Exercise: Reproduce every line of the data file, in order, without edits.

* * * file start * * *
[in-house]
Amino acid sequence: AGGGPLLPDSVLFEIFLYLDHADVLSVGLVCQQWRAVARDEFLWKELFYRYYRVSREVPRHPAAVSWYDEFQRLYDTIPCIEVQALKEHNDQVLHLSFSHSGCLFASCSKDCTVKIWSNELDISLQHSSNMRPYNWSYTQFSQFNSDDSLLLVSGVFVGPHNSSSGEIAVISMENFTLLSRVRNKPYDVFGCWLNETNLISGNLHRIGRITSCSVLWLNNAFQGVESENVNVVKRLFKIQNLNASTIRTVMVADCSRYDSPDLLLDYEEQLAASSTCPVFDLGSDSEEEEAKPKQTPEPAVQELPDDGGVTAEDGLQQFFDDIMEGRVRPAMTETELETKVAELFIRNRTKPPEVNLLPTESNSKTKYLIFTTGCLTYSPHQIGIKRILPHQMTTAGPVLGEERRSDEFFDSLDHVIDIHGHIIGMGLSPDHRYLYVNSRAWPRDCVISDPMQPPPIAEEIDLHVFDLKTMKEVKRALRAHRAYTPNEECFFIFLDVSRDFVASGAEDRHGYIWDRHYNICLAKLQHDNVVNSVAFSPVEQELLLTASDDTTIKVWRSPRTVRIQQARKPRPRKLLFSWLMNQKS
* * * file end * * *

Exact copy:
[in-house]
Amino acid sequence: AGGGPLLPDSVLFEIFLYLDHADVLSVGLVCQQWRAVARDEFLWKELFYRYYRVSREVPRHPAAVSWYDEFQRLYDTIPCIEVQALKEHNDQVLHLSFSHSGCLFASCSKDCTVKIWSNELDISLQHSSNMRPYNWSYTQFSQFNSDDSLLLVSGVFVGPHNSSSGEIAVISMENFTLLSRVRNKPYDVFGCWLNETNLISGNLHRIGRITSCSVLWLNNAFQGVESENVNVVKRLFKIQNLNASTIRTVMVADCSRYDSPDLLLDYEEQLAASSTCPVFDLGSDSEEEEAKPKQTPEPAVQELPDDGGVTAEDGLQQFFDDIMEGRVRPAMTETELETKVAELFIRNRTKPPEVNLLPTESNSKTKYLIFTTGCLTYSPHQIGIKRILPHQMTTAGPVLGEERRSDEFFDSLDHVIDIHGHIIGMGLSPDHRYLYVNSRAWPRDCVISDPMQPPPIAEEIDLHVFDLKTMKEVKRALRAHRAYTPNEECFFIFLDVSRDFVASGAEDRHGYIWDRHYNICLAKLQHDNVVNSVAFSPVEQELLLTASDDTTIKVWRSPRTVRIQQARKPRPRKLLFSWLMNQKS